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EDWARDS V. DOUGLAS, 269 U. S. 204 (1925)
U.S. Supreme Court
Edwards v. Douglas, 269 U.S. 204 (1925)
Edwards v. Douglas
Argued April 17, 1925
Decided November 23, 1925
269 U.S. 204
CERTIORARI TO THE CIRCUIT COURT OF APPEALS
FOR THE SECOND CIRCUIT
Section 31(b), added by the Revenue Act of 1917 to the Revenue Act of 1916, provides:
"Any distribution made to the shareholders . . . of a corporation . . . in the year nineteen hundred and seventeen or subsequent tax years shall be deemed to have been made from the most recently accumulated undivided profits or surplus, and shall constitute a part of the annual income of the distributee for the year in which received, and shall be taxed to the distributee at the rates prescribed by law for the years in which such profits or surplus were accumulated by the corporation, . . . but nothing herein shall be construed as taxing any earnings or profits accrued prior to March first, nineteen hundred and thirteen. . . ."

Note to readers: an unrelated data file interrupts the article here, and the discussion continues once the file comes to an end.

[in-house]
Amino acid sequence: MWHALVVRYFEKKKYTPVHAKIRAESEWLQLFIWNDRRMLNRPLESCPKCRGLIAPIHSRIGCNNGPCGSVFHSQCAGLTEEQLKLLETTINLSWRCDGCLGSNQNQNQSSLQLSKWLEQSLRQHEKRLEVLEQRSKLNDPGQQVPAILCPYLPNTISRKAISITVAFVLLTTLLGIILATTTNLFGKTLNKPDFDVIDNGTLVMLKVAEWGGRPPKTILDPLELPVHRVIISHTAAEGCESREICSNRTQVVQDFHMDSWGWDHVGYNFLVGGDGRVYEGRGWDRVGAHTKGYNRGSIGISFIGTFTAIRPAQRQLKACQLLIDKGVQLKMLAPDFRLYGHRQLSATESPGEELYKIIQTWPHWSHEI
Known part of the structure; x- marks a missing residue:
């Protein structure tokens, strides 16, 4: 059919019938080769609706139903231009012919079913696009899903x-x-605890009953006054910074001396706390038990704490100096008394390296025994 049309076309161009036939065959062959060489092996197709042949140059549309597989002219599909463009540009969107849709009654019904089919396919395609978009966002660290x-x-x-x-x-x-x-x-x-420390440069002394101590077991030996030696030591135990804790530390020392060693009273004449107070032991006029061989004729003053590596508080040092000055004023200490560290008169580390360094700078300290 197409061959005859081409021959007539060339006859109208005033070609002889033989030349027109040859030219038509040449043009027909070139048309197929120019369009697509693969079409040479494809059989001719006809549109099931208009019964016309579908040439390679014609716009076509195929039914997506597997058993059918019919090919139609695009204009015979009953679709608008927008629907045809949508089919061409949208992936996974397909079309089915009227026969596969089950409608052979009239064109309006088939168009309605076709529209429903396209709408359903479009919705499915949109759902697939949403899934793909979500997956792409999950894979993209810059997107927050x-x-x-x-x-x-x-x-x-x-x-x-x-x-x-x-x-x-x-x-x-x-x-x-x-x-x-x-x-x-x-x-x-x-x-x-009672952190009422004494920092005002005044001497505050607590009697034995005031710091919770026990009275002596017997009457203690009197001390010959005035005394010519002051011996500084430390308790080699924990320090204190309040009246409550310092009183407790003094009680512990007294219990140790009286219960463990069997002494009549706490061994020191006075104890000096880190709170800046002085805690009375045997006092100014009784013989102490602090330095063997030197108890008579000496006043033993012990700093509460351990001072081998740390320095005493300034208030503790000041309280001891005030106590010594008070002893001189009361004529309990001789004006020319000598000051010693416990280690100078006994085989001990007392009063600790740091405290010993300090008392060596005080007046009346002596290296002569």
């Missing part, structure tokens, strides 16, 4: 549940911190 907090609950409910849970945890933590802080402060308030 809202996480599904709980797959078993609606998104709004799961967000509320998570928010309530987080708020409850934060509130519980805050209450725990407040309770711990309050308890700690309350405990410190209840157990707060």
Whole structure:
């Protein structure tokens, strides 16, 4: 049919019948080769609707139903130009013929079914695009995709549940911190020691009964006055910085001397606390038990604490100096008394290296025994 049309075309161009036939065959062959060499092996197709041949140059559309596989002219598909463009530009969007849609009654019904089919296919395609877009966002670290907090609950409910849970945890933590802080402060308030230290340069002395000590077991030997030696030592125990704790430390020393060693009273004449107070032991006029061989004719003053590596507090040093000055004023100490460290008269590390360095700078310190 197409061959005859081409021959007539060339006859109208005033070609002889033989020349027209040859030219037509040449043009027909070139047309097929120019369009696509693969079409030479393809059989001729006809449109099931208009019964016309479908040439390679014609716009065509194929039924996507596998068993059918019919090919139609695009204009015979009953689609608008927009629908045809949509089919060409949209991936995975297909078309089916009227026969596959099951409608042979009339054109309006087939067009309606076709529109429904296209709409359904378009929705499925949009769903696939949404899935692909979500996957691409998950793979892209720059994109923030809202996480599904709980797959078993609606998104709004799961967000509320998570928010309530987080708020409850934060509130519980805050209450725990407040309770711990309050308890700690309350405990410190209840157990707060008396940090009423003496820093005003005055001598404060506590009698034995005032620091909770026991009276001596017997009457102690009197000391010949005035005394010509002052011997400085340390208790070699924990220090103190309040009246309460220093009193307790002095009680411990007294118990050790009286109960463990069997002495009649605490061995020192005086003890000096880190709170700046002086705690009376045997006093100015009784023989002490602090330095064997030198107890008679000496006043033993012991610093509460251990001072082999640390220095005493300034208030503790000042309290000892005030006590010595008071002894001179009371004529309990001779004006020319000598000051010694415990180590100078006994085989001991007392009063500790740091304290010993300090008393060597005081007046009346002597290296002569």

1. Where the net profits of a corporation, during the fiscal year in which dividends are paid are sufficient to cover such dividends, the term "most recently accumulated undivided profits" applies to such current earnings, and the dividends must be deemed to have made from them, and are subject to the income tax rates of that year, although, when the distribution was made, there were other funds, adequate to meet it, carried in the surplus account of the corporation, as made up to the end of the preceding fiscal year. Pp. 269 U. S. 207, 269 U. S. 215, 269 U. S. 217.